Price paid: $ 329.4
Purchased from: Rhythm House
Sound — 9
I have become more and more interested in acoustic music, mainly thanks to John Butler Trio. Well the sound of the acoustics over electrics, and I play a wide range of styles on this Takamine. When I do plug it in I use a Crate PB150 going through a cheap cabinet, and it sounds good. Acoustically this guitar sounds fantastic. It's slightly less bassy than a full sized dreadnought, but is still nice and full and sounds great.
Overall Impression — 9
As far as style goes an acoustic will play all acoustic music, and this one is no exception. This is my first acoustic, and (if I learn to control my spending) it will probably be the only acoustic, it is that good. I've played several other acoustics, including a couple of Epi's, some Fenders, a couple of Ovations and Crafters and it beat all of the ones that I played hands down. My dad has a old Kent acoustic and a Crafter FX550 and it beats those two hands down as well. My favorite feature of this guitar is the body, because of the size I find it much more comfortable than a regular sized acoustics, and because I don't like bowlbacked acoustics, this one was an obvious choice. As far for the classic "if it were stolen," well I'd probably get another one of these, or maybe save up for maybe a Martin. It's a very, very good guitar, and I would encourage people to try one if you find one.
Reliability & Durability — 9
I've played this guitar Live twice (without a backup), and I've busked a bit with it, and it has stood up superbly. I have never had a guitar with more sturdy strap buttons, but then again the shop I got it from put the strap button on the heel and deliberately put one on that was a bit bigger (because I asked them to). But to be honest I don't often play this with a strap. I've had this guitar for nearly two years now and there is just one small mark on it near the bottom where I scraped it on a desk getting up after a practice, and a few small scratches on the back, from my belt. Other than that with a bit of clean it would look like new.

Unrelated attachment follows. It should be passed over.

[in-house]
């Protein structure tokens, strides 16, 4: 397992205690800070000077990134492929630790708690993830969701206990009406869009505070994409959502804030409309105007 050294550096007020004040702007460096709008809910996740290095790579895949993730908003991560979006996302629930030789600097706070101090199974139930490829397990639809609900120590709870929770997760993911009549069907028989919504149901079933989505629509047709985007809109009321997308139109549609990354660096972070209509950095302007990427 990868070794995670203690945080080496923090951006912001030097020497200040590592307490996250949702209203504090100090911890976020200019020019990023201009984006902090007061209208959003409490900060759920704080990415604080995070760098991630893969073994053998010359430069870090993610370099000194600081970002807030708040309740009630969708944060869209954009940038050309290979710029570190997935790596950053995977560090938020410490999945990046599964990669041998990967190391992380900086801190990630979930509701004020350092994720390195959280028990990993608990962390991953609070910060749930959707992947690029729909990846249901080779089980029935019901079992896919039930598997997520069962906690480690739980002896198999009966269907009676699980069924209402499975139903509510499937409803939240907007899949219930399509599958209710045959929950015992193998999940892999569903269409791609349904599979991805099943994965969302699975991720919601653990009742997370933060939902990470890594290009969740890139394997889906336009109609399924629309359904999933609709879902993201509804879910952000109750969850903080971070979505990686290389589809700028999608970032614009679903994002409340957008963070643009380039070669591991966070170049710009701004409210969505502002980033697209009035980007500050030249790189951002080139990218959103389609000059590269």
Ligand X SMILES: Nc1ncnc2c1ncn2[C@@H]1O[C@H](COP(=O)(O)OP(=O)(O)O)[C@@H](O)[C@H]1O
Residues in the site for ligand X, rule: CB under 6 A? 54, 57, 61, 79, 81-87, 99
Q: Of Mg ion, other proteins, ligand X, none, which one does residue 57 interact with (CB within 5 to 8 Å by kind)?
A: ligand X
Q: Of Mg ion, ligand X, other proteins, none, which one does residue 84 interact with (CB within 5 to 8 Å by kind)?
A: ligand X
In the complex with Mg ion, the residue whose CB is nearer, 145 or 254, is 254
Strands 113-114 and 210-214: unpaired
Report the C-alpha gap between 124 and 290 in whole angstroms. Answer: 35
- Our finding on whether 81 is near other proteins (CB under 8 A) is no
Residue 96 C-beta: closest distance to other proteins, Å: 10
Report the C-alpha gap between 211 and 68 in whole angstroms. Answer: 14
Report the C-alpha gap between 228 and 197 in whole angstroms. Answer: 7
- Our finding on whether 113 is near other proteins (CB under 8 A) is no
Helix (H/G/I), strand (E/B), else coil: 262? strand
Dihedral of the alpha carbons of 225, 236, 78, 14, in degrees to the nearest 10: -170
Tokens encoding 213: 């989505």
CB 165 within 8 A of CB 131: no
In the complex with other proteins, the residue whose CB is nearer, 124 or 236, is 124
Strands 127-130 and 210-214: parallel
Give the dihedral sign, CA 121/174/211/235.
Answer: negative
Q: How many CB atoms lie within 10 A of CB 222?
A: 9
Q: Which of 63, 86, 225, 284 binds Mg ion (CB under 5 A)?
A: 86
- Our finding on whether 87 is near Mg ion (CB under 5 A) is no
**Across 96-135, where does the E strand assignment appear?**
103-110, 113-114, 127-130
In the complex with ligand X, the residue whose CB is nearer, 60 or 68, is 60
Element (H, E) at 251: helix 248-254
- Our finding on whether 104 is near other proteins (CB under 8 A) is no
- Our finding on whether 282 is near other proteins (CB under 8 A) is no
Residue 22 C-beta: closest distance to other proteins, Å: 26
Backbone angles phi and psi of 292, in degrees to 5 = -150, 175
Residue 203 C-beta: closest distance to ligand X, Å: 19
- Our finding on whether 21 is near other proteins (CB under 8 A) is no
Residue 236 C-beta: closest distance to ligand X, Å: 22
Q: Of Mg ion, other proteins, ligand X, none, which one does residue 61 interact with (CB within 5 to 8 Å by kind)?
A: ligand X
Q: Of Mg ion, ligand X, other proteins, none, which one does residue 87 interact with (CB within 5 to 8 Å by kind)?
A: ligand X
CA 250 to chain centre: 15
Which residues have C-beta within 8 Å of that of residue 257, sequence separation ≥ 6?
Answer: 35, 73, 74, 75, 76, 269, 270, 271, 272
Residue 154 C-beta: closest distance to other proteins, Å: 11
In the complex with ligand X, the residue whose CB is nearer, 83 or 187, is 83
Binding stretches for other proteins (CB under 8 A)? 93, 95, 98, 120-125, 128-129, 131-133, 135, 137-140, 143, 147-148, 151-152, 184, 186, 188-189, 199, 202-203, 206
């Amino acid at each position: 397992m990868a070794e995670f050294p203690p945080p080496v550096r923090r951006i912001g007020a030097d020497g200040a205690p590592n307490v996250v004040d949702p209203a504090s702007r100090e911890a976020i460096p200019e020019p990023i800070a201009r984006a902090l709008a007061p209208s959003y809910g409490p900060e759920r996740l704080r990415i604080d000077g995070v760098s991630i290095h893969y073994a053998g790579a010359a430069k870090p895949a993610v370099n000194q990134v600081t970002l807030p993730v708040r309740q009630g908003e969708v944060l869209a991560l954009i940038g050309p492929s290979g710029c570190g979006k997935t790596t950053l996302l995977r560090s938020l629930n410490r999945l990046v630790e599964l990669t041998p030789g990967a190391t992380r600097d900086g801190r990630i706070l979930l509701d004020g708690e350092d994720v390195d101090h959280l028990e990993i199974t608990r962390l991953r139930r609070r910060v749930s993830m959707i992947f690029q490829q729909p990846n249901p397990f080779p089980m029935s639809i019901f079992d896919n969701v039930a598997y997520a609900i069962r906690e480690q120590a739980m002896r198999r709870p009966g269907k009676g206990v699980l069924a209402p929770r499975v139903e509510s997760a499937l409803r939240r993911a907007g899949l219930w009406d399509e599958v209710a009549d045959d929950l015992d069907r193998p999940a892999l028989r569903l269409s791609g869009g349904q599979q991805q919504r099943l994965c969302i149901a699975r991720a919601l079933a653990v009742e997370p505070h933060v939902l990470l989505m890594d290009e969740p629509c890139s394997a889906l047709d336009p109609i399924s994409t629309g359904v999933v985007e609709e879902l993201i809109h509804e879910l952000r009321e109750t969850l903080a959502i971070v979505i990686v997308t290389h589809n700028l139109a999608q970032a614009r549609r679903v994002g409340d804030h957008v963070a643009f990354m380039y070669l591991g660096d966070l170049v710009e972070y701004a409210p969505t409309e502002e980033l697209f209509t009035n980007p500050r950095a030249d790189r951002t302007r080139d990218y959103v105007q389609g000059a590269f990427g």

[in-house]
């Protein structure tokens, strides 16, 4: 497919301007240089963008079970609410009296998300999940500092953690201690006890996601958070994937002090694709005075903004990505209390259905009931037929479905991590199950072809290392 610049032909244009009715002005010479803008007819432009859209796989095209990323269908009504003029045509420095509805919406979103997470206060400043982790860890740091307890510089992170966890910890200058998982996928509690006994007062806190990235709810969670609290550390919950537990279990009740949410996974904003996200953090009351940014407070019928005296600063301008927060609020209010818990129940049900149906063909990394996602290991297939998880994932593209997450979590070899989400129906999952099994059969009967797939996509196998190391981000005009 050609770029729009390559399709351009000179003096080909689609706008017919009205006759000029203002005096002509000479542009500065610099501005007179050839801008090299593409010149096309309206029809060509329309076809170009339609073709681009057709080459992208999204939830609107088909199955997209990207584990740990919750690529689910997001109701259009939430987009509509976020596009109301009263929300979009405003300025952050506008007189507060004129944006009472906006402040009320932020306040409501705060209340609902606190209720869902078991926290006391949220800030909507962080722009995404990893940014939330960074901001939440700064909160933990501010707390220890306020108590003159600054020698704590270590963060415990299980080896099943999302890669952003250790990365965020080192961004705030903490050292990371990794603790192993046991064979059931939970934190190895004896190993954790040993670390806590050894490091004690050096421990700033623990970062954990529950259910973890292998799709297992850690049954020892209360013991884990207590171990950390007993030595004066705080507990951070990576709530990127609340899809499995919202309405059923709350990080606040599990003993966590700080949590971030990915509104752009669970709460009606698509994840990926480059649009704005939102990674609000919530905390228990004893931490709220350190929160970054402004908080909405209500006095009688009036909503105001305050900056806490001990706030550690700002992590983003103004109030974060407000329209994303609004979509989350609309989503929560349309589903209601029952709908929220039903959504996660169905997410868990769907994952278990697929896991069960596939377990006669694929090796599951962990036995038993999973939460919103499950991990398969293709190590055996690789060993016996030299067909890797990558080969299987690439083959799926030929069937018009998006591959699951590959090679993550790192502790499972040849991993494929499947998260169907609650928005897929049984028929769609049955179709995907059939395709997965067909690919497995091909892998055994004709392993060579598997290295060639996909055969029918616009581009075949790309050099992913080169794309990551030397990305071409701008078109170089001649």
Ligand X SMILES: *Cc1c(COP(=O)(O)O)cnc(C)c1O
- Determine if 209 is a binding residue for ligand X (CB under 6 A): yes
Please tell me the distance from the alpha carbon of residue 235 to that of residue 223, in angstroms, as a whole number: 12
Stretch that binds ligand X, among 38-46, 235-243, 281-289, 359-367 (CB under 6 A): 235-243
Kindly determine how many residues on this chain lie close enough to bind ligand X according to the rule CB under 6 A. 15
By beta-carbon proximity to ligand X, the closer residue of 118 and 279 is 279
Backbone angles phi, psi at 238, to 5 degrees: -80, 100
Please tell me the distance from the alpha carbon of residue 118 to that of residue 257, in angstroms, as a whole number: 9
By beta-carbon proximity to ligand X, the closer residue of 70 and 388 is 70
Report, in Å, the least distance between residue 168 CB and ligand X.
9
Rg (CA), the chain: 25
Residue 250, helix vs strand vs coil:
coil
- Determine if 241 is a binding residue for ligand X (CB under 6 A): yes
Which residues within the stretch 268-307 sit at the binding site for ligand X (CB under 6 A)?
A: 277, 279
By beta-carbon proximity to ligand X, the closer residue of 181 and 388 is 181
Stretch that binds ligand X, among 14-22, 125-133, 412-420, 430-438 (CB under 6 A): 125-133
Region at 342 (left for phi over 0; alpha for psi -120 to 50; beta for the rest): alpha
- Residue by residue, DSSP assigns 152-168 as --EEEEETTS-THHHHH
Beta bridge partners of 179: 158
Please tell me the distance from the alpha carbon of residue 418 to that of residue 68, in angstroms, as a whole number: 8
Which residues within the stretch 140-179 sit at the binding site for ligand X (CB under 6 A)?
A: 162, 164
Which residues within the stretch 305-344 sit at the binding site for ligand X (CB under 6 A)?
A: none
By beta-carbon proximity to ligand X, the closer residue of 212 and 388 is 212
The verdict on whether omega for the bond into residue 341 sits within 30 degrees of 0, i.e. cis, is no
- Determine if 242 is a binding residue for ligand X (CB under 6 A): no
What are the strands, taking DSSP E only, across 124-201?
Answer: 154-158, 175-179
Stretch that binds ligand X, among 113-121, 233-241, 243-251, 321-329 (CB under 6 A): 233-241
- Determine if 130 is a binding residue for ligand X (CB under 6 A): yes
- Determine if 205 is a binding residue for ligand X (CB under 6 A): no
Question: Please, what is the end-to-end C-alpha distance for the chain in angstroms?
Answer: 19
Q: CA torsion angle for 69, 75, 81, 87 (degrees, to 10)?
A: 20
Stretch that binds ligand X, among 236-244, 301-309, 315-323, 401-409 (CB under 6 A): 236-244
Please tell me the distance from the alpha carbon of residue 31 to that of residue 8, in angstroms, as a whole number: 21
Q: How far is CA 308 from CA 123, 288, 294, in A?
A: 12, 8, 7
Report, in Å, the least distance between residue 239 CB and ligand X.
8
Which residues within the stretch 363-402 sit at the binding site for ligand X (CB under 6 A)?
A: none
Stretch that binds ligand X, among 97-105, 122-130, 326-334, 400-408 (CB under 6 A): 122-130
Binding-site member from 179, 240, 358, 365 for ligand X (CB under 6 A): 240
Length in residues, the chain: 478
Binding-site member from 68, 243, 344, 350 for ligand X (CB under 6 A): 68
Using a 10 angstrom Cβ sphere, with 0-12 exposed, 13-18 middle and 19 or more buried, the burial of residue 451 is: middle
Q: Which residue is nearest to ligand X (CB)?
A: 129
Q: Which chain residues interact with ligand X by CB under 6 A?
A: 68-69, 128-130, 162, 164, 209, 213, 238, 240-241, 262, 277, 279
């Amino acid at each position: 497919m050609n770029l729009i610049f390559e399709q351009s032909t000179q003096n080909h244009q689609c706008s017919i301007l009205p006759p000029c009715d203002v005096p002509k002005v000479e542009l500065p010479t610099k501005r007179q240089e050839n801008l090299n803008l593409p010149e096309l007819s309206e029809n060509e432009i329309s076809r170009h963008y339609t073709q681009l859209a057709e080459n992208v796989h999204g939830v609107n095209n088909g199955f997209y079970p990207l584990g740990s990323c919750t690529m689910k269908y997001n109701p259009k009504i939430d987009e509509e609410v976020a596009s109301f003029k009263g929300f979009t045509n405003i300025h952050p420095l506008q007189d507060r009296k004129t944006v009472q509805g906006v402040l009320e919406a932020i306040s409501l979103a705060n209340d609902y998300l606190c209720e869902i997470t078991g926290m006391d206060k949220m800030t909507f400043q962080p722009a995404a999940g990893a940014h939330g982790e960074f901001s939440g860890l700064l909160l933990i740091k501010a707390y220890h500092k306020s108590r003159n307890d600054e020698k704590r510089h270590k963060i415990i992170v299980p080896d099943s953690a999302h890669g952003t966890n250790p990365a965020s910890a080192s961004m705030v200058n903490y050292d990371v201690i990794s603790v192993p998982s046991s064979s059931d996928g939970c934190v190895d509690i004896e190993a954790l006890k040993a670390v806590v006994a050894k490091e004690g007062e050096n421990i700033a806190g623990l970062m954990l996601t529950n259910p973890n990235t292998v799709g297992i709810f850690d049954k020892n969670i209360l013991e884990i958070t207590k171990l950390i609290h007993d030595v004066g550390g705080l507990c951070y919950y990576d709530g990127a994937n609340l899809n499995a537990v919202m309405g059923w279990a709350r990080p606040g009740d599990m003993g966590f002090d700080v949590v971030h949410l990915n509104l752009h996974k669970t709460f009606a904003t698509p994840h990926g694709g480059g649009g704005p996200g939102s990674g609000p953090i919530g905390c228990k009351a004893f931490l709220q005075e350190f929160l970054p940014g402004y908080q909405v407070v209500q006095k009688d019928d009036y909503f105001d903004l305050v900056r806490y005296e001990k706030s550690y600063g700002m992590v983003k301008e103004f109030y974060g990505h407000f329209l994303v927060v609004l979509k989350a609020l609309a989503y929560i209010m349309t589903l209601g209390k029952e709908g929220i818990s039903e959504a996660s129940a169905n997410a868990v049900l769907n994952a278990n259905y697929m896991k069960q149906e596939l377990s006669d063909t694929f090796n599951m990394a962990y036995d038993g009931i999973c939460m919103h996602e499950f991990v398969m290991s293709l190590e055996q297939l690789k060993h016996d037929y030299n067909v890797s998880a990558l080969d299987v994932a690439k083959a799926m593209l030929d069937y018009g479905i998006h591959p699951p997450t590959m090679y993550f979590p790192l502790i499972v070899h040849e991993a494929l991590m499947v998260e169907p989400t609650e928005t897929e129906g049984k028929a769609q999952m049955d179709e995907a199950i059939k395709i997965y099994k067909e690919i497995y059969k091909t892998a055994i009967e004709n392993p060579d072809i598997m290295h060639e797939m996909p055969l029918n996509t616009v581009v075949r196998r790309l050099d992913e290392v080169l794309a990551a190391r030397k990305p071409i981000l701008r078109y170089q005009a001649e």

Action, Fit & Finish — 10
The finish was superb throughout, no chips or blemishes as far as I can tell. It was set up from the store I bought it from, so I don't know what the factory set up was like. It's pretty much flawless as far as the action fit and finish is concerned, so I'll give it a 10.
Features — 9
Stragely this guitar doesn't appear on the Takamine website. The body of the 260C is described as a NEX style. This is (apparently) a Takamine unique shape, but it just looks like a smaller version of a jumbo with a cutaway. This body style was one of the main reasons I bought this guitar. It sits very nicely and is very comfortable. When I was trying out some other guitars (Ovations, Fenders and a couple of Epiphones) I found that they were a bit too big for me to play comfortable, but I felt at home with the Takamine almost straight away. I like the cutaway, rather than having a classic sort of acoustic shape, as it allows for a bit of acoustic Hendrix. The body is made of a spruce top with mahogany back and sides, and sounds brilliant (more on that later). The neck is quite thick and takes a little while to get used to, but I'm very much used to it and it is now very comfortable. The bridge is wooden with the strings being held in place with pegs, rather than an electric style bridge as you find on some acoustics. The control has bass middle and treble, as well as volume and this works very well. Sealed unbranded tuners keep it in tune very well. The jack is located in the strap button at the bottom, which I've always liked as a design feature.